The antidiabetogenic effect of GLP-1 is maintained during a 7-day treatment period and improves diabetic dyslipoproteinemia in NIDDM patients.
Juntti-Berggren L., Pigon J., Karpe F., Hamsten A., Gutniak M., Vignati L., Efendic S.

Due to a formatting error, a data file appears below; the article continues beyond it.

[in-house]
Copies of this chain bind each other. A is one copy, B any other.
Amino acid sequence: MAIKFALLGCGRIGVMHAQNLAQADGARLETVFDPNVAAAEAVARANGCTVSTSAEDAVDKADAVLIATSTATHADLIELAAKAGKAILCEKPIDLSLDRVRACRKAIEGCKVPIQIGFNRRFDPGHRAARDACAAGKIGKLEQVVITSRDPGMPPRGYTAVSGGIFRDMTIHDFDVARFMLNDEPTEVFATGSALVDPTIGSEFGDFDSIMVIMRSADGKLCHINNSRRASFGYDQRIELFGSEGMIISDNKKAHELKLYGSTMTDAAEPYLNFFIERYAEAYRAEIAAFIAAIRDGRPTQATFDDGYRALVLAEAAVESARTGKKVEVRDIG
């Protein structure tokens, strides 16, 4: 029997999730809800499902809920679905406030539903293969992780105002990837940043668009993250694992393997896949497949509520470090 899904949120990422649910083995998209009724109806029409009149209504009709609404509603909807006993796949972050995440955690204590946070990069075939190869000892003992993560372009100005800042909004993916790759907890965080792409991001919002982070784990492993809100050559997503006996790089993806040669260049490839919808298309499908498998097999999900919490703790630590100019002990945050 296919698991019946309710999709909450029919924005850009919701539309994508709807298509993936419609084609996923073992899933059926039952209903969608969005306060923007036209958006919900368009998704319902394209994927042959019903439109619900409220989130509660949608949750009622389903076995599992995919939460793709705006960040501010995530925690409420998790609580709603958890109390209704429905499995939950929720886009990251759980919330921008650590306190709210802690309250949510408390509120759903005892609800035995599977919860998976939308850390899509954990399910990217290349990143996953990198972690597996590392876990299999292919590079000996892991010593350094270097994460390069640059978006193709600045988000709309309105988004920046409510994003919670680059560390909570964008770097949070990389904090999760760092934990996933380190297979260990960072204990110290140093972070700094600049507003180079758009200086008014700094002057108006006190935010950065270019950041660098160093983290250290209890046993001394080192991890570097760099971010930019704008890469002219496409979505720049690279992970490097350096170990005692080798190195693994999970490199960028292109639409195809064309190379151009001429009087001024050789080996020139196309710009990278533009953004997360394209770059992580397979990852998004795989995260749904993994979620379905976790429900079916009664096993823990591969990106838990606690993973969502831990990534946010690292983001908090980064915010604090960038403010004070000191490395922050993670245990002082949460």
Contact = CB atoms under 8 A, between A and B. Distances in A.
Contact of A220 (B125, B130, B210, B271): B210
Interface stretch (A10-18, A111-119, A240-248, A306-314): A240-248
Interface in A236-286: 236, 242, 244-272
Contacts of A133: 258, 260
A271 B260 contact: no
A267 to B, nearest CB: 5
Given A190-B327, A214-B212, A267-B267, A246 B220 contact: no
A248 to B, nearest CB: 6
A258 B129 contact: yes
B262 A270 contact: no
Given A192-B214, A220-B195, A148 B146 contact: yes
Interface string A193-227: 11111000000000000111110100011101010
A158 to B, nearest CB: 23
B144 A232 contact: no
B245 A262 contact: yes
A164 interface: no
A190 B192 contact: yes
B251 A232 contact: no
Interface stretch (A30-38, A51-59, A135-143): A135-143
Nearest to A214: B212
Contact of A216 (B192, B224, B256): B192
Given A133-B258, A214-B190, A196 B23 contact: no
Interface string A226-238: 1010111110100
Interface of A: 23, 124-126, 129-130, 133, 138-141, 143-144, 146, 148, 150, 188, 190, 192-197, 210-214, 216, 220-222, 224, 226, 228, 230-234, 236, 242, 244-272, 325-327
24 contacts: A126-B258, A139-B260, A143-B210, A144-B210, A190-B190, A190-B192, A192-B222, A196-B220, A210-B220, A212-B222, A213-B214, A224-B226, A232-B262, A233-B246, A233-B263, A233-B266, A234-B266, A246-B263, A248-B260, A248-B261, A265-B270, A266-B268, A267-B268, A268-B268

OBJECTIVE: To investigate the long-term antidiabetogenic effect of glucagon-like peptide 1 (GLP-1) and its influence on diabetic dyslipoproteinemia, patients with NIDDM were treated with GLP-1 subcutaneously for 1 week. RESEARCH DESIGN AND METHODS: Twelve patients participated in the study. The 1st week of the study, all of them were on intensive insulin treatment and from day 8, four were randomized to a control group continuing with insulin, and eight to a treatment group where GLP-1 was given at meals together with regular insulin from day 8 to 12. On days 13 and 14, they were only given GLP-1 at meals. NPH insulin at bedtime was given throughout the study. RESULTS: In the GLP-1-treated patients, the doses of regular insulin, given to keep a satisfactory blood glucose control, were reduced compared with treatment with insulin only. GLP-1 virtually inhibited the early increase in blood glucose after the meals, whereas an increase of approximately 2 mmol was seen during an optimized insulin treatment. In agreement with the short half-life of the peptide, 2-h postprandial plasma insulin levels were significantly decreased both at day 12 and 14, suggesting that there was not enough GLP-1 left to stimulate endogenous insulin release and compensate for the decrease in the dose of exogenous insulin. Therefore, the effect of GLP-1 was lost before the next meal, resulting in increased preprandial blood glucose values at lunch and dinner. The concentration of VLDL triglycerides decreased already during the 1st week. This decrease persisted during the 2nd week when GLP-1 was included in the treatment. No changes were observed in the levels of LDL and HDL cholesterol. The LDL particle diameter increased from a mean of 22.3 to 22.6 nm (P < 0.01) in response to insulin treatment. A further increment to 22.9 nm (P < 0.05) was seen after GLP-1 treatment. The LDL particle size did not change in the control group. Lipoprotein lipase activity was decreased by 27% and hepatic lipase was reduced by 13% in the GLP-1-treated group. CONCLUSIONS: We confirm the antidiabetogenic effect of GLP-1 in NIDDM patients. This effect was maintained during 7 days, which implies that the patients did not develop tolerance during this treatment period. Intensive insulin treatment, leading to normotriglyceridemia, increased the mean LDL particle diameter, which is likely to lower the risk of future coronary heart disease in patients with NIDDM. Furthermore, an additive effect of GLP-1 is indicated. Hence, this study gives additional evidence that GLP-1 may be useful as an agent for treating NIDDM.